Over the New Year break, you may have followed the relatively unsuccessful attempt by anti-Israel activists to pass from Egypt into Gaza as part of a 1-year anniversary of the Gaza war.
Perhaps not surprisingly, some of the men and women featured in the limelight are Jewish. One activist garnering much publicity is Hedy Epstein, an 85-year old who associates Israeli action with that of Nazi Germany. The “star cache” that makes her an anti-Israel media favourite, is that besides being Jewish she identifies as a Holocaust Survivor. She spent the war years in England, as part of Kindertransport, while her staunchly anti-Zionist Jewish-German parents were killed in concentration camps.
Benjamin Weinthal wrote a good article about her genre in the Jerusalem Post. In the article, he writes that
“The US State Department and the European Union both define parallels between Nazi Germany and Israel as a form of modern anti-Semitism.
To circumvent the unsavory Nazi-equals-Israel comparison, pro-Palestinian and anti-Israeli groups in Europe frequently outsource the new anti-Semitism to a minuscule group of anti-Zionist Jews who seek to strip Israel’s legitimacy as a nation. A Holocaust survivor as spokesperson helps to insulate the “Free Gaza movement” from charges of anti-Semitism. The problem, however, for the anti-Zionist market is more a question of supply than demand. The fringe group of anti-Zionist Jews who fled the Hitler movement or survived the extermination camps are passing out of existence because of their age”.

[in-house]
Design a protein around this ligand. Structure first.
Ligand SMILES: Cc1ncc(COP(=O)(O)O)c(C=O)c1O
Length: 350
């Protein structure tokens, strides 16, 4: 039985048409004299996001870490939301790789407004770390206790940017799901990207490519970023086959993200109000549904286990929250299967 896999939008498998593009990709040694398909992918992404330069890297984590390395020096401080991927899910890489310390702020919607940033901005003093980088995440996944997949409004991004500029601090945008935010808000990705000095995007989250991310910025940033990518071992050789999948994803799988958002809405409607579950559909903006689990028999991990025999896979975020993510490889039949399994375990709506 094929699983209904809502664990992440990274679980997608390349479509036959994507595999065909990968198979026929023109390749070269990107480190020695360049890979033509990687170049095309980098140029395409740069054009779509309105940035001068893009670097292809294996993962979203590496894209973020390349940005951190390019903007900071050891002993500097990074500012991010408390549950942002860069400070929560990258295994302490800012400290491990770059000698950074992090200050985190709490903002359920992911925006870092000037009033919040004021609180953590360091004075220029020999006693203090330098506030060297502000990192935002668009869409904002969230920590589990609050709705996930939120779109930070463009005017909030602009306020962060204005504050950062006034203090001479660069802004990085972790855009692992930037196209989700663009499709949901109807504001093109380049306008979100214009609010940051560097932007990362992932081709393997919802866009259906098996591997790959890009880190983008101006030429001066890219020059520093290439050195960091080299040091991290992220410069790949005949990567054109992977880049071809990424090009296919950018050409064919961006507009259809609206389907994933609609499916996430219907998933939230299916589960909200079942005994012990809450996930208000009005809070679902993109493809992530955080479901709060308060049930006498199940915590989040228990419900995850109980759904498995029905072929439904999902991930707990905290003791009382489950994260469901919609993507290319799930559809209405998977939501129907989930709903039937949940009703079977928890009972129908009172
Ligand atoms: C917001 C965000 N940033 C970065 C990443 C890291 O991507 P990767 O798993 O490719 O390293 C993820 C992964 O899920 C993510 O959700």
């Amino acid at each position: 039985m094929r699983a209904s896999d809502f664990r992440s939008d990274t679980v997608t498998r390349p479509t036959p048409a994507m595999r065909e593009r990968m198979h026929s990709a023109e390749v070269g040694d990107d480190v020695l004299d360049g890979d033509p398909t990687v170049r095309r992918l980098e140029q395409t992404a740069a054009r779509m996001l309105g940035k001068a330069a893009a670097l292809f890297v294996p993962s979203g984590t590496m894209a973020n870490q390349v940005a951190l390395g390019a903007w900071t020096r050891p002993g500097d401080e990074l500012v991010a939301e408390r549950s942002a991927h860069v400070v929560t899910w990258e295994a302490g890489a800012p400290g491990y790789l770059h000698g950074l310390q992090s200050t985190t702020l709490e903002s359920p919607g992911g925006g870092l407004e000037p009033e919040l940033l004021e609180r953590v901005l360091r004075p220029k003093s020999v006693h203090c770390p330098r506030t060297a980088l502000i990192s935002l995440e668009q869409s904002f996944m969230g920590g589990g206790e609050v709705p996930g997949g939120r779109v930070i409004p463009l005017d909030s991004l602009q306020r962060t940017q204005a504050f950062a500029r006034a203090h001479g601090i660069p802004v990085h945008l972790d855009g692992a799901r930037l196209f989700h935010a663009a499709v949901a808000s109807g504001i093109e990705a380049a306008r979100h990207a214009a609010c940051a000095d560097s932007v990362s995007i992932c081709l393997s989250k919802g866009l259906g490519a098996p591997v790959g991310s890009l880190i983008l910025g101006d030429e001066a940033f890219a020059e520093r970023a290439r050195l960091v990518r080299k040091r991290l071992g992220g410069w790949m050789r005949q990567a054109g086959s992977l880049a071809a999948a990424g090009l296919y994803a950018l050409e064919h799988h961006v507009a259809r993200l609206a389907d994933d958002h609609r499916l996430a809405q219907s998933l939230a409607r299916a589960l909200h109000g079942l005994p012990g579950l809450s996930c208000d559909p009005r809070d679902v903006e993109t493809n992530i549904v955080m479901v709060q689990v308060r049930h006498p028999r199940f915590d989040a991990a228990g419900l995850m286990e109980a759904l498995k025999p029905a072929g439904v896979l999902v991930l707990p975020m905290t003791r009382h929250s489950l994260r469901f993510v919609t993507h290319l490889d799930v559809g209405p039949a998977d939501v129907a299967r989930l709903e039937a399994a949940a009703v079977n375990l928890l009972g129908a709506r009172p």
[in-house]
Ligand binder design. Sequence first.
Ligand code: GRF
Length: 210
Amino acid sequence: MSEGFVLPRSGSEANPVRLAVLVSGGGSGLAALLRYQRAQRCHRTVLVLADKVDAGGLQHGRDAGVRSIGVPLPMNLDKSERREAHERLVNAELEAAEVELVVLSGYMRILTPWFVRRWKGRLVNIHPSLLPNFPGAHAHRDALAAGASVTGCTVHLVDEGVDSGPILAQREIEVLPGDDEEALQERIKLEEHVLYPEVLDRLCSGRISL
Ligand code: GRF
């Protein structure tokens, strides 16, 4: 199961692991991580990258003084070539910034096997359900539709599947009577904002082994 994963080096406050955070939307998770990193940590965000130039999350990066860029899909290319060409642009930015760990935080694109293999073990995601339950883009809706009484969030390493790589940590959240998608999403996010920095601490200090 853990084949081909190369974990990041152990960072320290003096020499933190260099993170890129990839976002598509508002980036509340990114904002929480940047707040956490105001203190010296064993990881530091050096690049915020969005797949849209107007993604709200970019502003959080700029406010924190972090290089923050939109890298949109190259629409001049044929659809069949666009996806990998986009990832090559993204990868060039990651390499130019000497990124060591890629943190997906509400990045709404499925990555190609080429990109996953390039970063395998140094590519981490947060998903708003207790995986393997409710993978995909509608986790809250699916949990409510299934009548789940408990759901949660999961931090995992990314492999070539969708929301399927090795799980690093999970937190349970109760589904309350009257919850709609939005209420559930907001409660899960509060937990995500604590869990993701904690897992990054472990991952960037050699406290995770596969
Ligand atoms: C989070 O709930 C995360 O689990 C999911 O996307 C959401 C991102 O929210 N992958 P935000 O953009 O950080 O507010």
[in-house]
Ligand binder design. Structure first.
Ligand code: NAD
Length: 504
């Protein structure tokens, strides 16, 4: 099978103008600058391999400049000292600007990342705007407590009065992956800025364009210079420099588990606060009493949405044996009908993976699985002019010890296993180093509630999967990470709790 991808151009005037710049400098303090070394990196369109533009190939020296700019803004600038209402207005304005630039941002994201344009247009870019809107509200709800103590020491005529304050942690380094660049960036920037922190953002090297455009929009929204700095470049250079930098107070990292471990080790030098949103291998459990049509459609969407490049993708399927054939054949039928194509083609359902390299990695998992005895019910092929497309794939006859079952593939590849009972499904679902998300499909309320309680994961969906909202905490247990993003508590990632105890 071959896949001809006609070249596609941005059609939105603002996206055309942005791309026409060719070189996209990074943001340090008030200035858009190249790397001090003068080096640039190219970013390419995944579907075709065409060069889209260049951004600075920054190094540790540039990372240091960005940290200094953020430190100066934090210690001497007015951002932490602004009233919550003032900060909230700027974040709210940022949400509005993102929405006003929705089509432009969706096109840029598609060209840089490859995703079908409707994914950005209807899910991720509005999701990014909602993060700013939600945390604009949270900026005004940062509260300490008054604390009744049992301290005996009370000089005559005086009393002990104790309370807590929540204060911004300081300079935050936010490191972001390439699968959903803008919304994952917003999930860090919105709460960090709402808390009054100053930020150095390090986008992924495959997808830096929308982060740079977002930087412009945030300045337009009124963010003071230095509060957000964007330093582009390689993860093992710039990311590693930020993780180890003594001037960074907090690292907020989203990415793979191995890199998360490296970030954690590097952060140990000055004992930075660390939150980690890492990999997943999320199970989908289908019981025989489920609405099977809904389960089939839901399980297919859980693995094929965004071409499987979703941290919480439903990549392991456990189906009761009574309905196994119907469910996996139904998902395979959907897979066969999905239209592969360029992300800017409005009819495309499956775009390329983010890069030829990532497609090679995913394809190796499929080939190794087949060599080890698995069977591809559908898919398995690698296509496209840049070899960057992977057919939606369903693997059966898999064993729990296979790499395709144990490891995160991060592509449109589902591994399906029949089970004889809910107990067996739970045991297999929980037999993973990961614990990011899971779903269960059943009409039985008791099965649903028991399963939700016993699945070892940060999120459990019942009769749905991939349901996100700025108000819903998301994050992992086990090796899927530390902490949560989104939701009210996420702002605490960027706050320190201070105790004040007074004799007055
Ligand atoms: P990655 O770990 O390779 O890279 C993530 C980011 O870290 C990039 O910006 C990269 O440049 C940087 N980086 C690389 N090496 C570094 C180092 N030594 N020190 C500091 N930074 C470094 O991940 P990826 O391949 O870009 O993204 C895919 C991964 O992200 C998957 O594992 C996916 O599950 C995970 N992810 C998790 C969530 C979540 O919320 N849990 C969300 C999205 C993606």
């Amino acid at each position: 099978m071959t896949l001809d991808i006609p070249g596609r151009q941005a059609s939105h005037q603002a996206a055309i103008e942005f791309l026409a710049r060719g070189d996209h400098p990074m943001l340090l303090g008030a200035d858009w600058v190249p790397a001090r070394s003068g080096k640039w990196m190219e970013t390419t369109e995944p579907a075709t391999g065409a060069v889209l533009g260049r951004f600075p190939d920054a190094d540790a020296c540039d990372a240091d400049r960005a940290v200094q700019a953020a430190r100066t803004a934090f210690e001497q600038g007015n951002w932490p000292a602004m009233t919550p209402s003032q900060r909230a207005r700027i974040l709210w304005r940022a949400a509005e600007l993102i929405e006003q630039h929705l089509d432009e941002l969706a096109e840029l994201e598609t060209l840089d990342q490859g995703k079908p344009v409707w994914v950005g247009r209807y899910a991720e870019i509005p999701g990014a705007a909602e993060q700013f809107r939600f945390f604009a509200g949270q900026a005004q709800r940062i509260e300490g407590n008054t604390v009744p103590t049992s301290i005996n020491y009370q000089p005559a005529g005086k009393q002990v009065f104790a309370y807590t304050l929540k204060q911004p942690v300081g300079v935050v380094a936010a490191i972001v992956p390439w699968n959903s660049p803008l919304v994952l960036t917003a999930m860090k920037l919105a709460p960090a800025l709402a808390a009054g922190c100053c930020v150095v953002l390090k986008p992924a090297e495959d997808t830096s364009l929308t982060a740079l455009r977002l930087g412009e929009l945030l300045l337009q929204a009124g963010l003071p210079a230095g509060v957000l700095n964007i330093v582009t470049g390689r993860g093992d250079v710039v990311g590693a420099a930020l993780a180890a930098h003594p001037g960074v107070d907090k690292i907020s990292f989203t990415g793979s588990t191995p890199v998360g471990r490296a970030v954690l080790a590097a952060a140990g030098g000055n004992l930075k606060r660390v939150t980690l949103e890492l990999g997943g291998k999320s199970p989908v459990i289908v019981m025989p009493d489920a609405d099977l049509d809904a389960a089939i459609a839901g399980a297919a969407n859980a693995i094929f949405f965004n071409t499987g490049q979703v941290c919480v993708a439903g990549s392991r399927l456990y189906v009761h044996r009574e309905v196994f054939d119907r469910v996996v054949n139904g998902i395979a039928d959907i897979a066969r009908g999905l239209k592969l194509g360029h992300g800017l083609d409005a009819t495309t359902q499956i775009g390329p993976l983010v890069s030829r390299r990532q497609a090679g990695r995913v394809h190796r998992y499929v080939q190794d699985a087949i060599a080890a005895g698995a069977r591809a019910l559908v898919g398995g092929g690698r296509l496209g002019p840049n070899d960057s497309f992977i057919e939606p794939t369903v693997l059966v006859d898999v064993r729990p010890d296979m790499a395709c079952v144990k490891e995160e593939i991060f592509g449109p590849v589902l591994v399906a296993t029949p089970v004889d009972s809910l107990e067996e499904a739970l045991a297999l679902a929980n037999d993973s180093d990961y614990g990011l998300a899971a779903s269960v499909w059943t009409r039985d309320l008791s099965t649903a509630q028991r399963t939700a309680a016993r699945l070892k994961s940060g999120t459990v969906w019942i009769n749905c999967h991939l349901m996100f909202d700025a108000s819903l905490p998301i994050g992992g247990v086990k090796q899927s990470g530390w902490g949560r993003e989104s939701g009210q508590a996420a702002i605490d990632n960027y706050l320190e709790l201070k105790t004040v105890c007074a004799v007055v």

The reaction from the Egyptians for their planned march into Gaza was decidedly less supportive than they expected – even for Hedy Epstein. Is that Hedy or Hedley?
The activists squirmed to attribute their negative response to Zionist “control” of Egypts moves but the attempt fell on its face as did some of the activists in a skirmish with Egyptian police. Hopefully some of the activists will get a dose of reality from their New Year reception in Cairo, but that’s doubtful.